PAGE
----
Tiruchirappalli (also Trichy) is a large city in Tamilnadu state and does not require any introduction. As per a legend1, the name of the city is derived from Trishira, the three-headed brother of Ravana. Trishira was a devout follower of Shiva. Once, when the God did not appear after invoking, he started cutting off his heads in offering. Just before he was about the cut his last head, the god appeared and gave him the boon that the city and its main deity would be known after him. C P Brown suggests that the name is a corruption for Chiruta-palli or “little town”. Yule and Burnell suggest that the name was Tiru-ssila-palli or “holy-rock-town”. K R Srinivasan2 mentions an inscription near the Jain beds on the hill, reading chira, denoting that the old name of the place was Chirapalli, the suffix palli emphasizing the Jain association. In the Thevaram, the place is referred as Chira or Sirapalli. The rock or hill, the most prominent sight in the town, is referred as Sira or Sira-malai in the Pallava inscription. Therefore, it is also probable that the town started being referred as tiru-sira-palli (or holy sira-palli) later corrupting to the present form.
The famous hill in the city, locally known as Rock Fort or just the Rock, is situated in the north-eastern and rises about 273 feet above the ground. In a Pallava inscription, the hill is referred as Sira while in an inscription of eleventh century CE, it is referred as Siramalai (“the hill of Sira”). There is a famous Ganesha temple, Ucchi-Pillyar Temple, at the top of the hill. Thus, the hill is also known as Ucchi-pilliyar-malai or Tayunmanasvami (Matribhutesvara) hill. A legend associates it with the residence of Trishira, the brother of Ravana. It is told that he set up a Shivalinga here which was worshiped by Rama on his way to Lanka. However, as per Ramayana, Trishira was a son of Ravana and not his brother. Another legend3 mentions that the rock was later taken as a residence by Sarama Muni who grew sivandhi plants in his garden to offer to the god. Some of these flowers were stolen by a gardener, and he was pardoned by the Chola king Parantaka of Uraiyur. The god, in his anger, destroyed the city of Uraiyur. The queen alone escaped and later delivered a male child, Karikal, who was later installed as a king with the grace of lord Shiva.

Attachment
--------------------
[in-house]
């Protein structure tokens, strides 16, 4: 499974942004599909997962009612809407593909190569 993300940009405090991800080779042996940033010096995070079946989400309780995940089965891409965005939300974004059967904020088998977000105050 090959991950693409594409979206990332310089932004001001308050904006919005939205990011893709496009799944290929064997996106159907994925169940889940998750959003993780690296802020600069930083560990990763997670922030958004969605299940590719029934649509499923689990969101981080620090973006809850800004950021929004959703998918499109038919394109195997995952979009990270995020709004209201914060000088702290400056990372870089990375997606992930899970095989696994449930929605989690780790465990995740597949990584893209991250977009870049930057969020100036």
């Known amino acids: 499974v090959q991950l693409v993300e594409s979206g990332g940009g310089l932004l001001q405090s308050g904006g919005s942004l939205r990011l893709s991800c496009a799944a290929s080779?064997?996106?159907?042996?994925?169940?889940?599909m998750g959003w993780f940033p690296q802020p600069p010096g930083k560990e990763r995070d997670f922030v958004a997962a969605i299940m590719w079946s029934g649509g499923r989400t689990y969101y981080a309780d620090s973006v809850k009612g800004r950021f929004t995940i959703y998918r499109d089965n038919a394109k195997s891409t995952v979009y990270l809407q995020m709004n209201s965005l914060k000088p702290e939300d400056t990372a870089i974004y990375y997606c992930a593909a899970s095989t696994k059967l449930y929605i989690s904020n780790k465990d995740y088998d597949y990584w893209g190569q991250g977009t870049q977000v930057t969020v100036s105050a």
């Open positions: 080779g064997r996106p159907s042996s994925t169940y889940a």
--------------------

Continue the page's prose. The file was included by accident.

During the early centuries of the current era, the hill was used by the Jain recluses as few beds in a natural cavern are found in this hill, just above the upper rock-cut Shiva temple. Brahmi inscriptions and later fifth-sixth century CE inscriptions are found in these caves. The fort above this hill was constructed during the Nayaka period, under Viswanatha Nayak (1529-1564 CE). This impregnable fort had survived several sieges, only to fell at the last to the Marathas in 1741. It is generally believed that the fort was voluntarily surrendered owing to famine. In 1743, the Marathas quietly left the fort allowing the Nizam to took over.
There are two rock-cut shrines (cave-temples) in the town, known as the lower and the upper cave temples. This article is about the upper cave temple which is excavated on the famous hill and is attributed to the Pallava king Mahendravarman I (600-630 CE). A very brief reference of this temple is made in the district gazetteer of 18784. It is told that this cave-like room was used as an arsenal during the foreign occupation. The gazetteer mentions of a tragic accident, occured during a festival in 1849, when a large number of people gathered at the top of the rock. Due to some unknown reason, a panic started resulting in a big crowd rushing down the rock. resulting in the death of over 250 people, being knocked down and trampled. In 1890, the famous inscription of Mahendravarman I was edited by Hultzsch with a very brief description of the cave temple. The next edition of the gazetteer5, published in 1907, does not improve upon much from the last edition, except mentioning that the shrine was excavated by the Pallava king Mahendravarman I at the beginning of seventh century CE. In 1918, this cave temple was featured among the Pallava antiquities by Dubreuil6 however it was not discussed in detail. First detailed description of the cave-temple appeared when A H Longhurst7 took up the Pallava architecture in detail. A better description and interpretation was made available by K R Srinivasan8 in 1958. He was successfully able to differentiate the Mahendra style with the rest of the Pallava creations by utilizing the form and shape of the pillars. His landmark study, which is in use till date, paved the path for all the future scholars.